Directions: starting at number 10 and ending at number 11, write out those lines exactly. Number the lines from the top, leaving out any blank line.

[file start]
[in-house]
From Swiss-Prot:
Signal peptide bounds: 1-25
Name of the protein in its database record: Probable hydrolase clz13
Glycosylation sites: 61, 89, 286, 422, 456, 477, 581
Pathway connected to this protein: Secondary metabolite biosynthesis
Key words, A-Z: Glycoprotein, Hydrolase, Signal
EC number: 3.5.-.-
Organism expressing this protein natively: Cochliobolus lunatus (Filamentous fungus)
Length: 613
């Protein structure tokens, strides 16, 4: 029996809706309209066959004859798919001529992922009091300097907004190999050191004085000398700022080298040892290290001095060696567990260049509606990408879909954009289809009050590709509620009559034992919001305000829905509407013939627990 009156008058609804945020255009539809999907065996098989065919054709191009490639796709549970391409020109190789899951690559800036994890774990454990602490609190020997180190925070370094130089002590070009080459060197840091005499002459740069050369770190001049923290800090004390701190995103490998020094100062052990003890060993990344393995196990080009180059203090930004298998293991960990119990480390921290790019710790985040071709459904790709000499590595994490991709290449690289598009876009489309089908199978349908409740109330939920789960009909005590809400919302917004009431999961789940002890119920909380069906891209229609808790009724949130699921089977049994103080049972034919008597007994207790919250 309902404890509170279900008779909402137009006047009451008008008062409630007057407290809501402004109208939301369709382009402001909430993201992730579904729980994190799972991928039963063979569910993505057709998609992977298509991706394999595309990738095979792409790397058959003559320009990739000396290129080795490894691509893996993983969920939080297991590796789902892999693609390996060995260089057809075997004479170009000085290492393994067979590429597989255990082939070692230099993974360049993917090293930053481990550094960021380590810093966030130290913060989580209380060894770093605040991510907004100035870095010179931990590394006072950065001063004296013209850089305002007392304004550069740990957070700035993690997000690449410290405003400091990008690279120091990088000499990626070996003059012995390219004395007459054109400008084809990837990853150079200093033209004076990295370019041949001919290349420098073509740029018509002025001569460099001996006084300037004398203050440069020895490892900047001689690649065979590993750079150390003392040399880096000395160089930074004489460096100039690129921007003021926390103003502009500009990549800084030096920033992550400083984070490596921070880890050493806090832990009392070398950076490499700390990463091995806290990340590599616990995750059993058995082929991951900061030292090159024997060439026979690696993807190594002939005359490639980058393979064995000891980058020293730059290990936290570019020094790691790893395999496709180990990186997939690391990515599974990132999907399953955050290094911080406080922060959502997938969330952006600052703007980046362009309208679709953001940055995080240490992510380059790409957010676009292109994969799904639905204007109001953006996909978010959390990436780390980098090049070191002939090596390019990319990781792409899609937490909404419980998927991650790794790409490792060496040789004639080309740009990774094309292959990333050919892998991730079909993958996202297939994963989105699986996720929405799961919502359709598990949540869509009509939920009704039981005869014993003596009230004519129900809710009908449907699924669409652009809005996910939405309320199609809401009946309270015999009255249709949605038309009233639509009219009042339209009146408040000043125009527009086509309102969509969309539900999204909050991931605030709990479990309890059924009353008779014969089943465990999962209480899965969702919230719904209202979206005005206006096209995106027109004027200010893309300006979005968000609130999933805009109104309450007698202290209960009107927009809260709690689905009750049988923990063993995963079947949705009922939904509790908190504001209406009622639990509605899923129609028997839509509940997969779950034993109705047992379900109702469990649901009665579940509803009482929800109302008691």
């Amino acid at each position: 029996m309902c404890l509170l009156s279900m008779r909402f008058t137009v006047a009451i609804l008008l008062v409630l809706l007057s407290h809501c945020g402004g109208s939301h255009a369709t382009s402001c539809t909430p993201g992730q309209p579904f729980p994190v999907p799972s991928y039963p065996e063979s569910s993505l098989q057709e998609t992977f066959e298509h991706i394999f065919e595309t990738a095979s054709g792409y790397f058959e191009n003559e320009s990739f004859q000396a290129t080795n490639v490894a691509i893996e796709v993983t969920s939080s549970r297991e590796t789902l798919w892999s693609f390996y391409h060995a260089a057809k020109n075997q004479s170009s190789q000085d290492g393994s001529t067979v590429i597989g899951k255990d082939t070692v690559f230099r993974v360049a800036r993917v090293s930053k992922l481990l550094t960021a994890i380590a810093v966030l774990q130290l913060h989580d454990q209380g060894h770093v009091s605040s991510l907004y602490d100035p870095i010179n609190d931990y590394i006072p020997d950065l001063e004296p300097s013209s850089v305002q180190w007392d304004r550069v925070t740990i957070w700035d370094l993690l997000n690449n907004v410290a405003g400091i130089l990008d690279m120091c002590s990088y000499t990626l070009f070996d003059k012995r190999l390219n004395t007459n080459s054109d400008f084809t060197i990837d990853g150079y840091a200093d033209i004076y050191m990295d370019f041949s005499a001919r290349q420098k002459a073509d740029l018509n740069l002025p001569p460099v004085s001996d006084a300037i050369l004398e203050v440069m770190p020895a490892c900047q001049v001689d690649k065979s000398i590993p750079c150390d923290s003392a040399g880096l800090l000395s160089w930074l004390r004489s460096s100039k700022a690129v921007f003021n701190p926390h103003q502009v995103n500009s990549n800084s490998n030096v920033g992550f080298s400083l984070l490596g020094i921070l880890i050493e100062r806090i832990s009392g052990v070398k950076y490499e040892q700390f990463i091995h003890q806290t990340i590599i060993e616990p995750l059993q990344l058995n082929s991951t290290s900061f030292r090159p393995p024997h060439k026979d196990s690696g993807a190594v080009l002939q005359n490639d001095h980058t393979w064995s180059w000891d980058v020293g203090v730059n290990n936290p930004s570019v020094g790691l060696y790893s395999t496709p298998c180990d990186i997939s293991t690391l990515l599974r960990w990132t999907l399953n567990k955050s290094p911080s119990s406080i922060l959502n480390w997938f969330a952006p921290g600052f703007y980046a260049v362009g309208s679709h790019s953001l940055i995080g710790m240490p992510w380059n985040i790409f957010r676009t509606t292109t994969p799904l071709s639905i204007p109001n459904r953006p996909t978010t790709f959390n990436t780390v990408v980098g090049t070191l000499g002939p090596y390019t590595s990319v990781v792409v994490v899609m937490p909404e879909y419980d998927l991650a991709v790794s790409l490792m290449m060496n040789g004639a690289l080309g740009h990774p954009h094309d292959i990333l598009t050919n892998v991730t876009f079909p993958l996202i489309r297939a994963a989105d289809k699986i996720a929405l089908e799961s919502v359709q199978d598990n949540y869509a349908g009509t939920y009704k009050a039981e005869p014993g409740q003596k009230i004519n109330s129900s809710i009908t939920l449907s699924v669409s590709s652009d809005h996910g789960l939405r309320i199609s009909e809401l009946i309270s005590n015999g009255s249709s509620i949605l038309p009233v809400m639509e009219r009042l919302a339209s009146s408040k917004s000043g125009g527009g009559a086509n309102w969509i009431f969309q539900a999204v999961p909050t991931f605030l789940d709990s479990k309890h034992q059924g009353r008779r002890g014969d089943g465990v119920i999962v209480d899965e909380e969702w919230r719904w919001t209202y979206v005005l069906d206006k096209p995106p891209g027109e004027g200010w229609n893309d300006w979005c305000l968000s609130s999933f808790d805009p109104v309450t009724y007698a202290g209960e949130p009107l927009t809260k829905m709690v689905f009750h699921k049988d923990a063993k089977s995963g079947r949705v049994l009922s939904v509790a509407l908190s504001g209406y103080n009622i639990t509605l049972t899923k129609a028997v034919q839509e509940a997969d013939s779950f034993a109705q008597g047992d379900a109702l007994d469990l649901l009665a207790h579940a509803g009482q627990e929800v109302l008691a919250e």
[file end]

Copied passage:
Length: 613
């Protein structure tokens, strides 16, 4: 029996809706309209066959004859798919001529992922009091300097907004190999050191004085000398700022080298040892290290001095060696567990260049509606990408879909954009289809009050590709509620009559034992919001305000829905509407013939627990 009156008058609804945020255009539809999907065996098989065919054709191009490639796709549970391409020109190789899951690559800036994890774990454990602490609190020997180190925070370094130089002590070009080459060197840091005499002459740069050369770190001049923290800090004390701190995103490998020094100062052990003890060993990344393995196990080009180059203090930004298998293991960990119990480390921290790019710790985040071709459904790709000499590595994490991709290449690289598009876009489309089908199978349908409740109330939920789960009909005590809400919302917004009431999961789940002890119920909380069906891209229609808790009724949130699921089977049994103080049972034919008597007994207790919250 309902404890509170279900008779909402137009006047009451008008008062409630007057407290809501402004109208939301369709382009402001909430993201992730579904729980994190799972991928039963063979569910993505057709998609992977298509991706394999595309990738095979792409790397058959003559320009990739000396290129080795490894691509893996993983969920939080297991590796789902892999693609390996060995260089057809075997004479170009000085290492393994067979590429597989255990082939070692230099993974360049993917090293930053481990550094960021380590810093966030130290913060989580209380060894770093605040991510907004100035870095010179931990590394006072950065001063004296013209850089305002007392304004550069740990957070700035993690997000690449410290405003400091990008690279120091990088000499990626070996003059012995390219004395007459054109400008084809990837990853150079200093033209004076990295370019041949001919290349420098073509740029018509002025001569460099001996006084300037004398203050440069020895490892900047001689690649065979590993750079150390003392040399880096000395160089930074004489460096100039690129921007003021926390103003502009500009990549800084030096920033992550400083984070490596921070880890050493806090832990009392070398950076490499700390990463091995806290990340590599616990995750059993058995082929991951900061030292090159024997060439026979690696993807190594002939005359490639980058393979064995000891980058020293730059290990936290570019020094790691790893395999496709180990990186997939690391990515599974990132999907399953955050290094911080406080922060959502997938969330952006600052703007980046362009309208679709953001940055995080240490992510380059790409957010676009292109994969799904639905204007109001953006996909978010959390990436780390980098090049070191002939090596390019990319990781792409899609937490909404419980998927991650790794790409490792060496040789004639080309740009990774094309292959990333050919892998991730079909993958996202297939994963989105699986996720929405799961919502359709598990949540869509009509939920009704039981005869014993003596009230004519129900809710009908449907699924669409652009809005996910939405309320199609809401009946309270015999009255249709949605038309009233639509009219009042339209009146408040000043125009527009086509309102969509969309539900999204909050991931605030709990479990309890059924009353008779014969089943465990999962209480899965969702919230719904209202979206005005206006096209995106027109004027200010893309300006979005968000609130999933805009109104309450007698202290209960009107927009809260709690689905009750049988923990063993995963079947949705009922939904509790908190504001209406009622639990509605899923129609028997839509509940997969779950034993109705047992379900109702469990649901009665579940509803009482929800109302008691």